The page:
A 7.3-magnitude earthquake has shaken the northern border region between Iran and Iraq, killing at least 221 people and injuring more than 5,660.
One Iranian aid agency said 70,000 people needed shelter after the quake, one of the largest this year.
At least 207 of those who died were in Iran’s western Kermanshah province, with seven killed elsewhere in Iran.
Seven more people died in Iraq, where people fled into the streets in the capital, Baghdad.
Mosques in the city have been broadcasting prayers through loudspeakers.
“I was sitting with my kids having dinner and suddenly the building was just dancing in the air,” a Baghdad mother-of-three, Majida Ameer, told Reuters news agency.
“I thought at first that it was a huge bomb. But then I heard everyone around me screaming: ‘Earthquake!'”
Iranian news agencies Isna and Khabar quoted ministry of health officials as saying 5,341 people had been injured in Iran.
Most of the victims were in the town of Sarpol-e Zahab, about 15km (10 miles) from the border, Iran’s emergency services chief, Pir Hossein Koolivand was quoted as saying on Iranian state television channel Irinn.
The town’s main hospital was severely damaged, leaving it struggling to treat hundreds of wounded, state TV reported.
Many homes in the mountainous area are made of mud bricks and are at risk of collapse in a significant earthquake like the one that struck on Sunday.
Damage was reported in at least eight villages, the head of Iran’s Red Crescent Organisation, Morteza Salim, told the channel.
“Some other villages have suffered power cuts and their telecommunications system has also been disturbed,” he said.
Rescue teams were being hampered by landslides, Mr Koolivand said.
On the Iraqi side, the most extensive damage was in the town of Darbandikhan, 75km (47 miles) east of the city of Sulaimaniyah in the Kurdistan Region.
“The situation there is very critical,” Kurdish Health Minister Rekawt Hama Rasheed told Reuters.
The Iraqi ministry of health said 321 people had been wounded in the Iraqi Kurdistan region.
The BBC’s Rami Ruhayem, in the regional capital Irbil, said shaking there lasted for more than a minute.
“For a few seconds at first it was barely detectable, I wasn’t sure whether it was a minor tremor or just my imagination,” he said. “But soon enough it was unmistakable as the building started swaying from side to side.”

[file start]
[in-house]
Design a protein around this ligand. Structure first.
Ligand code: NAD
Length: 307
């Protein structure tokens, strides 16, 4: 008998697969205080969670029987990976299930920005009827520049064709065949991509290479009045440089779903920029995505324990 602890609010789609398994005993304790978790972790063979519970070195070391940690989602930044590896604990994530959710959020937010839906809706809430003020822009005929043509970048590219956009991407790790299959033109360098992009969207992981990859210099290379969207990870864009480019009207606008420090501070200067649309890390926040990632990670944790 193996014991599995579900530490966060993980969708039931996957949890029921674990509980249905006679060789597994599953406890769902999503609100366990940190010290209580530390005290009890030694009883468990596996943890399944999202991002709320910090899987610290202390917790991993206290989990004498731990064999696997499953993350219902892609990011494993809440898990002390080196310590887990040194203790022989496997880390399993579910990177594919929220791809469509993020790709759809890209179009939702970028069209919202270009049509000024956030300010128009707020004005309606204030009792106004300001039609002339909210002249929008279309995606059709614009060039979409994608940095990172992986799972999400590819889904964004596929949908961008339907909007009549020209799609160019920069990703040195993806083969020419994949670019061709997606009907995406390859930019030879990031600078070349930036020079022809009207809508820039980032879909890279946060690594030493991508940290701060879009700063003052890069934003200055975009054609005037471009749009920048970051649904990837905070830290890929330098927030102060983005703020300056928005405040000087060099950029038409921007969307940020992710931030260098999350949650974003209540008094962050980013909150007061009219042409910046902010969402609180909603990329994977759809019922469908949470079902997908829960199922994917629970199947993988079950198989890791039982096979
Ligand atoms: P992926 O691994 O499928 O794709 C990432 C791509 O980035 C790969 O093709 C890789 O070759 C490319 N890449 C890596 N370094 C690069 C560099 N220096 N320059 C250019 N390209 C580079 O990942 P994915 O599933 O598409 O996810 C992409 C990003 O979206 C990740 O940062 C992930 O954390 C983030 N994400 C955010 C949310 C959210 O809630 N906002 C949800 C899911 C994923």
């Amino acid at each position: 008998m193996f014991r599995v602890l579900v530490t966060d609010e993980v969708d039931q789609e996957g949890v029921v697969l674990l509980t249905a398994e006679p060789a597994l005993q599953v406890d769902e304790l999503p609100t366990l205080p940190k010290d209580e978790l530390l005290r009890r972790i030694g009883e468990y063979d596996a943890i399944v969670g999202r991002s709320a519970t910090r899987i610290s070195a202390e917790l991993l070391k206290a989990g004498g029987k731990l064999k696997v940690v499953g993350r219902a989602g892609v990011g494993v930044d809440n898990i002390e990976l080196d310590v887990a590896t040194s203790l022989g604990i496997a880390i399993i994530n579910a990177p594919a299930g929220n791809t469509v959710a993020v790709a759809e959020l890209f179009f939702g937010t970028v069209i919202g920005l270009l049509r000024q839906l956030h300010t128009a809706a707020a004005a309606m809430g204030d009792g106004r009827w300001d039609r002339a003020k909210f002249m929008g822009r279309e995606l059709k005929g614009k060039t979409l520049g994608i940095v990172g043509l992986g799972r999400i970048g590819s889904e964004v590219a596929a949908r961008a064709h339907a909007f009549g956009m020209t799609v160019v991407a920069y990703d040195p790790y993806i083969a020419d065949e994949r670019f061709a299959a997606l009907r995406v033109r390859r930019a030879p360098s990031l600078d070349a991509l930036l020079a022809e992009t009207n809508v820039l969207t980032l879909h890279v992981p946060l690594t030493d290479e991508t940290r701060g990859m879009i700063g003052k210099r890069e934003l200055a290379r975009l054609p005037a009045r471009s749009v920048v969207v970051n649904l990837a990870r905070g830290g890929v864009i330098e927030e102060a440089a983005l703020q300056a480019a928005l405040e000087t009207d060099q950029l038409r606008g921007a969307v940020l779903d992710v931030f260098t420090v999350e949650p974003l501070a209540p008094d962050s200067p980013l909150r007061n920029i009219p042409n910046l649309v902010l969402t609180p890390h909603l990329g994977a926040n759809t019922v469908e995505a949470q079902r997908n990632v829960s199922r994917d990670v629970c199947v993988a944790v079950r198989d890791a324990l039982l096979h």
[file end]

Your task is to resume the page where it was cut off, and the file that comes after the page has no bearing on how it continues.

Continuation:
The quake hit at 21:18 local time (18:18 GMT) about 19 miles (30km) southwest of Halabja, near the northeastern border with Iran, the US Geological Survey (USGS) said.
It occurred at a relatively shallow depth of 23.2 km (14.4 miles), and tremors were felt in Turkey, Israel and Kuwait.
Why is Iran prone to earthquakes?
Analysis by Jonathan Amos, BBC Science Correspondent
Iran is one of those regions of the world that is all too familiar with quakes, and has experienced some very big tremors in the past.
In general terms, the big driver here is the clash between the Arabia and Eurasia tectonic plates. The former is pushing north by a couple centimetres a year.
In the south-east of the country, the Arabia plate is actually pushing under the Eurasia plate, but in the northwest these great slabs rub directly against each other. The Zagros mountains are a result of all this compression.
Early reports indicate the quake occurred on a thrust fault. This means the crust on one side of the break in the rocks is moved vertically up and over the other side – which fits exactly with this general picture.
Geological agencies now produce immediate bulletins on the likely expected casualties. This modelling work is based on factors such as the size of the quake, population density and what is known about local construction methods. It’s inexact work, but the first bulletins suggested this event could produce many hundreds of deaths and perhaps thousands of injured individuals.
A major issue will be the number of weak buildings – it’s a region that still has many mud-constructed properties. And as ever, in the more mountainous areas, landslides are always a concern, not least because they can block roads and hamper the emergency response.